What's a trip to San Francisco without chomping on some sourdough? What's a great trip to San Francisco without enjoying some freakin' sweet Clam Chowder in a Sourdough Bread Bowl? Yup, my mouth is watering, too. Located at Fisherman's Wharf, overlooking Alcatraz, Boudin Bakery allows you to take a small tour and through huge windows watch them make the bread, and then go upstairs to the bistro and enjoy it. I'm a huge Clam Chowder fan. If it's on the menu, I must have it. When someone told me a long time ago that I have the option of not just enjoying some great Clam Chowder, but then eating the receptacle it's served in, it was a gift from the heavens. Boudin obviously isn't the only place to do it, but they certainly are the masters at it. How is it that more restaurants don't put their chowder in a Sourdough bread bowl? Can anyone tell me?



Posted By:  Cheri Lucas
Photo:  Cheri Lucas

Swensen's Ice Cream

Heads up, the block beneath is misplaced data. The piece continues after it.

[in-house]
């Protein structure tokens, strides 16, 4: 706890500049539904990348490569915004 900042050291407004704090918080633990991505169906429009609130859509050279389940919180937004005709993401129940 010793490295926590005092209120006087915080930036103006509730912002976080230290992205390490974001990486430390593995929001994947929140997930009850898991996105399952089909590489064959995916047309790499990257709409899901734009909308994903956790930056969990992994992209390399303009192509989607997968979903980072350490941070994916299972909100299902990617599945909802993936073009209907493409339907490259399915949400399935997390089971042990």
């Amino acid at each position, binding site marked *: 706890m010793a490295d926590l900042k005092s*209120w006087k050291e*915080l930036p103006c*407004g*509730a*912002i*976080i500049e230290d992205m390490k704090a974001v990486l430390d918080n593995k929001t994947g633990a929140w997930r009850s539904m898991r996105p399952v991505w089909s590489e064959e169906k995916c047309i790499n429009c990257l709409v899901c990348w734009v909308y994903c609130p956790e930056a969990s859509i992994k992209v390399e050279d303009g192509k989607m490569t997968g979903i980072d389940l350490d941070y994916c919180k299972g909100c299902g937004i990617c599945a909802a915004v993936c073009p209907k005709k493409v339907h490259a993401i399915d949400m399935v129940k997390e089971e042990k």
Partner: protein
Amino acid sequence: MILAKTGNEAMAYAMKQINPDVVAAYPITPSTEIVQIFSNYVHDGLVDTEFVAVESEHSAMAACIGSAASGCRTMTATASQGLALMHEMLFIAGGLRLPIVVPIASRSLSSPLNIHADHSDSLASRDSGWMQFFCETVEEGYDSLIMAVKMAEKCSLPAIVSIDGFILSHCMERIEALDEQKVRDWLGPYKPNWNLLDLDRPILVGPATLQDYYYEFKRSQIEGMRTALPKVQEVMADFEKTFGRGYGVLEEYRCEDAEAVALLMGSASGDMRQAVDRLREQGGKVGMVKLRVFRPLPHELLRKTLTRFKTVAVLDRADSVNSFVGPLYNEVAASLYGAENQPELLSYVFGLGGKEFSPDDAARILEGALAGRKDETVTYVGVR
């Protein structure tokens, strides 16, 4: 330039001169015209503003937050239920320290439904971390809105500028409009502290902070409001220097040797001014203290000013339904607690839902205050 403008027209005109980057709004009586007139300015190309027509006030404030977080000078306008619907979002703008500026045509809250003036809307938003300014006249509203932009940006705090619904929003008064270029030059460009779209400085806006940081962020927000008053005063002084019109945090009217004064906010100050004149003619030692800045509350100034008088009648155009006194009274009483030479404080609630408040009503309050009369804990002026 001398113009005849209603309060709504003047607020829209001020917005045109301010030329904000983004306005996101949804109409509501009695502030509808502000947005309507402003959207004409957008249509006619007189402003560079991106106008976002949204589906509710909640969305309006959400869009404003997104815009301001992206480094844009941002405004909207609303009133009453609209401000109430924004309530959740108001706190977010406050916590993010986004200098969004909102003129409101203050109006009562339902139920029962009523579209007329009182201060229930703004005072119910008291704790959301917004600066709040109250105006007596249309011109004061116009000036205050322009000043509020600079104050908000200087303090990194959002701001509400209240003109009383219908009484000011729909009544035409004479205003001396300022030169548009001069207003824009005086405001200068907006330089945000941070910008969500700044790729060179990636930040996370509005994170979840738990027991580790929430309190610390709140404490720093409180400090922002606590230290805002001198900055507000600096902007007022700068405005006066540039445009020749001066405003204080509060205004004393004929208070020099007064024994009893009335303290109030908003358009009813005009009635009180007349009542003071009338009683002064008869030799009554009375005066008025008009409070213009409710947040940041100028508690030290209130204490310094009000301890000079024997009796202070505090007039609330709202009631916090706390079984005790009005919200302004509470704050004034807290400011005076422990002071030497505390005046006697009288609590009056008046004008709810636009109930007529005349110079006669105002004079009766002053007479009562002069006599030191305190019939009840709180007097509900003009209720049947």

From their Green Tea to Turkish Coffee to Cookie Dough flavors, this sweet shop at the corner of Union and Hyde is a neighborhood delight. There's often a line out the door, whether it's a hot afternoon or a Friday or Saturday night, when folks shuffle out of nearby restaurants like Zarzuela, Frascati, and Luella. (And if the bar crowd down on Polk has the energy to walk up the hill, you'll sometimes have to wait to order among drunks, too.) Overall, Swensen's is a tried-and-true stop for ice cream. Its only shortcoming? It's closed on Mondays, and when you don't remember this, it's quite a let down.



Posted By:  Jennifer Anthony
Photo:  Jennifer Anthony

Cobb's Comedy Club